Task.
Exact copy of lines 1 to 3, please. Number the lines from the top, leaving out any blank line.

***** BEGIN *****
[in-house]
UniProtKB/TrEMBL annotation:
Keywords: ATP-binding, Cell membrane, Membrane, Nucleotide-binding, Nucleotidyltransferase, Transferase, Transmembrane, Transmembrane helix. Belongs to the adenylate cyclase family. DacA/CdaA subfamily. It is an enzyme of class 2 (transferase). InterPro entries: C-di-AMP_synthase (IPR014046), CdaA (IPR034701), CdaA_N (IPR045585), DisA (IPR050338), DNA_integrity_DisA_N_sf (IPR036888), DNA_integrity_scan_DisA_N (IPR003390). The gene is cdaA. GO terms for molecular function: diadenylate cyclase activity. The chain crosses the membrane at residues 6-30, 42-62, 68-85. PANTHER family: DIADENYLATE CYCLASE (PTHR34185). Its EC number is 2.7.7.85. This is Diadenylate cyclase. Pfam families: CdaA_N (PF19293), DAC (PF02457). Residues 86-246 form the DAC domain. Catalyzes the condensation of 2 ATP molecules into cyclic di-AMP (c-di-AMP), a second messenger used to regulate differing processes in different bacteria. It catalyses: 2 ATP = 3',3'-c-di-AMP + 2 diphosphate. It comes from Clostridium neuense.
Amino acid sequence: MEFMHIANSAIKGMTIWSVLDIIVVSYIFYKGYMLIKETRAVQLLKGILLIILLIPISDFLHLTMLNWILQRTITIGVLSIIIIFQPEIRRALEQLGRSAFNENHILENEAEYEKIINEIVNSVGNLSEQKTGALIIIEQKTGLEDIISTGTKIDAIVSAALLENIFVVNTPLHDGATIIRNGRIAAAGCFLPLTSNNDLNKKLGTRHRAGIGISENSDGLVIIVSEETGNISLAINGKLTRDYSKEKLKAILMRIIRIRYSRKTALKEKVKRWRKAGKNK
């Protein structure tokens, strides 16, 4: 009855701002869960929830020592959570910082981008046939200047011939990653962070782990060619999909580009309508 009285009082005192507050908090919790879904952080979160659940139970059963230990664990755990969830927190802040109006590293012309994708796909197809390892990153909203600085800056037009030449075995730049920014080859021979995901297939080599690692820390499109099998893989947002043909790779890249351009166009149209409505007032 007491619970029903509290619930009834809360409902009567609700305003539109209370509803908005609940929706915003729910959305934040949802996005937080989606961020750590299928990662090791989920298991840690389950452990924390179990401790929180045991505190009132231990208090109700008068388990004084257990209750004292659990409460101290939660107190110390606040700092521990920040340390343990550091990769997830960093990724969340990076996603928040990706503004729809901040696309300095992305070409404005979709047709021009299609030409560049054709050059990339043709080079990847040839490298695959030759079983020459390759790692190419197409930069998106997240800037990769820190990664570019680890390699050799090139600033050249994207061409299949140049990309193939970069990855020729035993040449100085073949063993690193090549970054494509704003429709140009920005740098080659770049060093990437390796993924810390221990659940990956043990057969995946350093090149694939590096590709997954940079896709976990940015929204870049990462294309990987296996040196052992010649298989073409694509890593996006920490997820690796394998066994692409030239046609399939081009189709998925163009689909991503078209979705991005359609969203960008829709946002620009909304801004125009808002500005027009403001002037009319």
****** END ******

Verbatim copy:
[in-house]
UniProtKB/TrEMBL annotation:
Keywords: ATP-binding, Cell membrane, Membrane, Nucleotide-binding, Nucleotidyltransferase, Transferase, Transmembrane, Transmembrane helix. Belongs to the adenylate cyclase family. DacA/CdaA subfamily. It is an enzyme of class 2 (transferase). InterPro entries: C-di-AMP_synthase (IPR014046), CdaA (IPR034701), CdaA_N (IPR045585), DisA (IPR050338), DNA_integrity_DisA_N_sf (IPR036888), DNA_integrity_scan_DisA_N (IPR003390). The gene is cdaA. GO terms for molecular function: diadenylate cyclase activity. The chain crosses the membrane at residues 6-30, 42-62, 68-85. PANTHER family: DIADENYLATE CYCLASE (PTHR34185). Its EC number is 2.7.7.85. This is Diadenylate cyclase. Pfam families: CdaA_N (PF19293), DAC (PF02457). Residues 86-246 form the DAC domain. Catalyzes the condensation of 2 ATP molecules into cyclic di-AMP (c-di-AMP), a second messenger used to regulate differing processes in different bacteria. It catalyses: 2 ATP = 3',3'-c-di-AMP + 2 diphosphate. It comes from Clostridium neuense.